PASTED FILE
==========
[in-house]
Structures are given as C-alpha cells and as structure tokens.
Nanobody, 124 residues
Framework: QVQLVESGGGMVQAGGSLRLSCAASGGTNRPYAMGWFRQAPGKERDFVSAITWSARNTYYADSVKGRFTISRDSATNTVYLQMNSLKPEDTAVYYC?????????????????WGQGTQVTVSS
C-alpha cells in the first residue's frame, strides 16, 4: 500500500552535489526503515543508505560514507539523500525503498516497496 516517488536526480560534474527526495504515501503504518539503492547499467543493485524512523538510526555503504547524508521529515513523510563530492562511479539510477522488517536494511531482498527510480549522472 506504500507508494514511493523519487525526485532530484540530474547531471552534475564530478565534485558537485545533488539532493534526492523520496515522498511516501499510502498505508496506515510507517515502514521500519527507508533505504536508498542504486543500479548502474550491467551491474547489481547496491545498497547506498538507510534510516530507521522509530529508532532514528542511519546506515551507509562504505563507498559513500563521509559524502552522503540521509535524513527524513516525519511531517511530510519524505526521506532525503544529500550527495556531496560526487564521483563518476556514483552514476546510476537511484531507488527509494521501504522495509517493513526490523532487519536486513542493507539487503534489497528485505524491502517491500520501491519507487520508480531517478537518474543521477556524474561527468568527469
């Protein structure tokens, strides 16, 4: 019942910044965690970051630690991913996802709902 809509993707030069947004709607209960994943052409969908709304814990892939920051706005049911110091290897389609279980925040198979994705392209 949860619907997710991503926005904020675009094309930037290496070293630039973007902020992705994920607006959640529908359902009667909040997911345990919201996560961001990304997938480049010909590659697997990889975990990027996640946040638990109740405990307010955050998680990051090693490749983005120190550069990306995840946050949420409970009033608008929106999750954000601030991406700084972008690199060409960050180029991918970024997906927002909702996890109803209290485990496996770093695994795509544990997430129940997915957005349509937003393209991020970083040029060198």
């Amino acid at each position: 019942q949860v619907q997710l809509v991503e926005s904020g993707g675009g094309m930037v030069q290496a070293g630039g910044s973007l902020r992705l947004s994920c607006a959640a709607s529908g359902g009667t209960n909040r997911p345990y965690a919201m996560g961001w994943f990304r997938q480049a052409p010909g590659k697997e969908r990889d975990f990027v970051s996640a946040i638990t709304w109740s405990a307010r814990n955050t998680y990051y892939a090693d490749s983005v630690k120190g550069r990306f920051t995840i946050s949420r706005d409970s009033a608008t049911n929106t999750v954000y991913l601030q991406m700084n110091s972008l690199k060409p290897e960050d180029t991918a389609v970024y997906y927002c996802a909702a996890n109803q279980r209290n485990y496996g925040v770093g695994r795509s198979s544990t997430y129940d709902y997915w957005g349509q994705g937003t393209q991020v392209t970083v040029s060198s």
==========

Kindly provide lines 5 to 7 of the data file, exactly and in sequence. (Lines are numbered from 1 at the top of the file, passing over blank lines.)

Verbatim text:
C-alpha cells in the first residue's frame, strides 16, 4: 500500500552535489526503515543508505560514507539523500525503498516497496 516517488536526480560534474527526495504515501503504518539503492547499467543493485524512523538510526555503504547524508521529515513523510563530492562511479539510477522488517536494511531482498527510480549522472 506504500507508494514511493523519487525526485532530484540530474547531471552534475564530478565534485558537485545533488539532493534526492523520496515522498511516501499510502498505508496506515510507517515502514521500519527507508533505504536508498542504486543500479548502474550491467551491474547489481547496491545498497547506498538507510534510516530507521522509530529508532532514528542511519546506515551507509562504505563507498559513500563521509559524502552522503540521509535524513527524513516525519511531517511530510519524505526521506532525503544529500550527495556531496560526487564521483563518476556514483552514476546510476537511484531507488527509494521501504522495509517493513526490523532487519536486513542493507539487503534489497528485505524491502517491500520501491519507487520508480531517478537518474543521477556524474561527468568527469
């Protein structure tokens, strides 16, 4: 019942910044965690970051630690991913996802709902 809509993707030069947004709607209960994943052409969908709304814990892939920051706005049911110091290897389609279980925040198979994705392209 949860619907997710991503926005904020675009094309930037290496070293630039973007902020992705994920607006959640529908359902009667909040997911345990919201996560961001990304997938480049010909590659697997990889975990990027996640946040638990109740405990307010955050998680990051090693490749983005120190550069990306995840946050949420409970009033608008929106999750954000601030991406700084972008690199060409960050180029991918970024997906927002909702996890109803209290485990496996770093695994795509544990997430129940997915957005349509937003393209991020970083040029060198």
């Amino acid at each position: 019942q949860v619907q997710l809509v991503e926005s904020g993707g675009g094309m930037v030069q290496a070293g630039g910044s973007l902020r992705l947004s994920c607006a959640a709607s529908g359902g009667t209960n909040r997911p345990y965690a919201m996560g961001w994943f990304r997938q480049a052409p010909g590659k697997e969908r990889d975990f990027v970051s996640a946040i638990t709304w109740s405990a307010r814990n955050t998680y990051y892939a090693d490749s983005v630690k120190g550069r990306f920051t995840i946050s949420r706005d409970s009033a608008t049911n929106t999750v954000y991913l601030q991406m700084n110091s972008l690199k060409p290897e960050d180029t991918a389609v970024y997906y927002c996802a909702a996890n109803q279980r209290n485990y496996g925040v770093g695994r795509s198979s544990t997430y129940d709902y997915w957005g349509q994705g937003t393209q991020v392209t970083v040029s060198s």